Many, many years ago we read ‘Walking the Talk,’ a book by Carolyn Taylor, which was our first introduction to the concept of above-the-line and below-the-line thinking. Since that time we’ve incorporated the principles of this style of thinking into almost everything that we do.
We built the model into many of our programs and have done countless workshops purely on the subject. The simplicity of the model makes it seem less powerful than it really is, but everywhere we turn, we find somewhere that it can be applied.
We’ve had a lot of leaders reach out to us over the years and tell us how powerful they think it is too, but they’ve been frustrated by their efforts to get their teams working and thinking above the line.
We’re about to fix that, and are currently pre-launching our new Above-the-Line Leaders’ Toolkit. It will be available for release in January 2022, but between now and December 17th we’ve got a prerelease offer giving you the opportunity to secure it for half price. You can find out more about that here.
In the meantime, we wanted to use this episode to give a bare bones look at the model and share some examples of how it’s been applied.
The Line of Choice
If you can imagine a line drawn across the middle of a sheet of paper; we’ll call that line ‘The Line of Choice’.
Above that line, are all behaviours and thinking styles that have a positive impact on the culture and effectiveness of the team - collaboration, responsibility, initiative, positivity, etc. And below that line, would be the not so positive behaviors and thinking styles - competitiveness, denial, blame, sarcasm, and so on.
Obviously the goal is to reduce the below-the-line behaviours, and increase the above-the-line behaviours. Simple to understand yet difficult to implement, because… people!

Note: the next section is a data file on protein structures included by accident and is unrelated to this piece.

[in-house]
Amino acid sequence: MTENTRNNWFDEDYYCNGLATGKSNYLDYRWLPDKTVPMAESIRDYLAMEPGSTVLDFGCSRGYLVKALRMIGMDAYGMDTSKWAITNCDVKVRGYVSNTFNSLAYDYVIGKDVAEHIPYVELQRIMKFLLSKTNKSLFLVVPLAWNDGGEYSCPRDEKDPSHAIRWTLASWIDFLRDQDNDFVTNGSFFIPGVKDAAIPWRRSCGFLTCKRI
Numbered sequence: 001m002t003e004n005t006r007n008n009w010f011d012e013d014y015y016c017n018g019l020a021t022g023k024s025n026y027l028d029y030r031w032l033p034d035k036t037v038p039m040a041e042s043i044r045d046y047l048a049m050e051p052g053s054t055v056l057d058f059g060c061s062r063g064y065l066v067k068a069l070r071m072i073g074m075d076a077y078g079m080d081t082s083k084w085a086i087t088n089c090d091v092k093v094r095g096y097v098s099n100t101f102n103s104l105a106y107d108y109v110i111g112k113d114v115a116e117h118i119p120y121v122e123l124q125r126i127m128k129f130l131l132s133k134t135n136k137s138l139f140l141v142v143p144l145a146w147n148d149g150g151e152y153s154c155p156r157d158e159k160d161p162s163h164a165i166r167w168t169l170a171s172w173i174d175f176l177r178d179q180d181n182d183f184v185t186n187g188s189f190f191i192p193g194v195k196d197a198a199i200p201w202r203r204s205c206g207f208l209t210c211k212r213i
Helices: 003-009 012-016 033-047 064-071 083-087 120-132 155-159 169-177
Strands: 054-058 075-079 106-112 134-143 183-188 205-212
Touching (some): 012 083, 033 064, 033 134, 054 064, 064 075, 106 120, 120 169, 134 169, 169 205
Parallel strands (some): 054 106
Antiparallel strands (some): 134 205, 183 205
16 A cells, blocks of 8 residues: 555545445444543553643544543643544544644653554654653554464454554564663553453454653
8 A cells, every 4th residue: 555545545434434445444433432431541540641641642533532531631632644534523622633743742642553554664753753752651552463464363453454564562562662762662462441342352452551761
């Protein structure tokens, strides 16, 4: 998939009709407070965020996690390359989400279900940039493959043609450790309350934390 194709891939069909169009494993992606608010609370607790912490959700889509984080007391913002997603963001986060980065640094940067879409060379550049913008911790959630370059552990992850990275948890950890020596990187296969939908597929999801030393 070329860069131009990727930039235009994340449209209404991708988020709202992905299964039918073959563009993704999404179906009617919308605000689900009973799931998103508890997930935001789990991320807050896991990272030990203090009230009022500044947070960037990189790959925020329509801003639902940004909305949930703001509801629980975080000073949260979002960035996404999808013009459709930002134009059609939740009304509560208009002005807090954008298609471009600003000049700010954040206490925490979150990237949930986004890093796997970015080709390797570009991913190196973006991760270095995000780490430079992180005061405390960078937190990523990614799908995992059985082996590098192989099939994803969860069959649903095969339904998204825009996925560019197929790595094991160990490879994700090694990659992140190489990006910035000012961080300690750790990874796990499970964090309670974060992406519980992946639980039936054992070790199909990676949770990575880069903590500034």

Teams are made up of people, and all of us have our habitual ‘flaws’ that cause us to repeat behaviours, often unconsciously, that might be below the line. So the first step into shifting above the line, is to develop an awareness of these habitual patterns and to make a choice, hence ‘the line of choice’, to do something else.
Above the Line in Action
For example, someone operating above the line would communicate effectively. S/he would listen attentively, speak articulately, and express her/himself optimistically. Someone operating below the line might be abrupt, s/he might interrupt and speak superficially, leaving it up to the listener to work harder at understanding what was being said.
During our workshops, we’ll often do an interactive exercise where we have the team identify above- and below-the-line behaviours, and write them up on a wall chart. On at least one occasion, the participants chose to leave the chart up on the wall, as a reminder, a tool to help maintain awareness of below-the-line behaviours. They also updated the list over time and used it to keep each other on the ball.
No matter what the makeup of your team currently is, no matter how well or how poorly they might be performing, getting your team above the line is the fastest way to lift standards and elevate performance even further.
Don’t be fooled by the simplicity of the model though. Having worked with it for so long, we’ve been applying it at a much deeper level than most people would even think of. In fact we’ve ‘married it’ with the nine dimensions of our popular High-Performing Team Indicator tool, making it probably the most comprehensive application of the above-the-line model that you’re likely to come across.
Find out more about our Above-the-Line Leaders’ Toolkit and take advantage of our pre-release offer before December 17th. You’ll thank us later.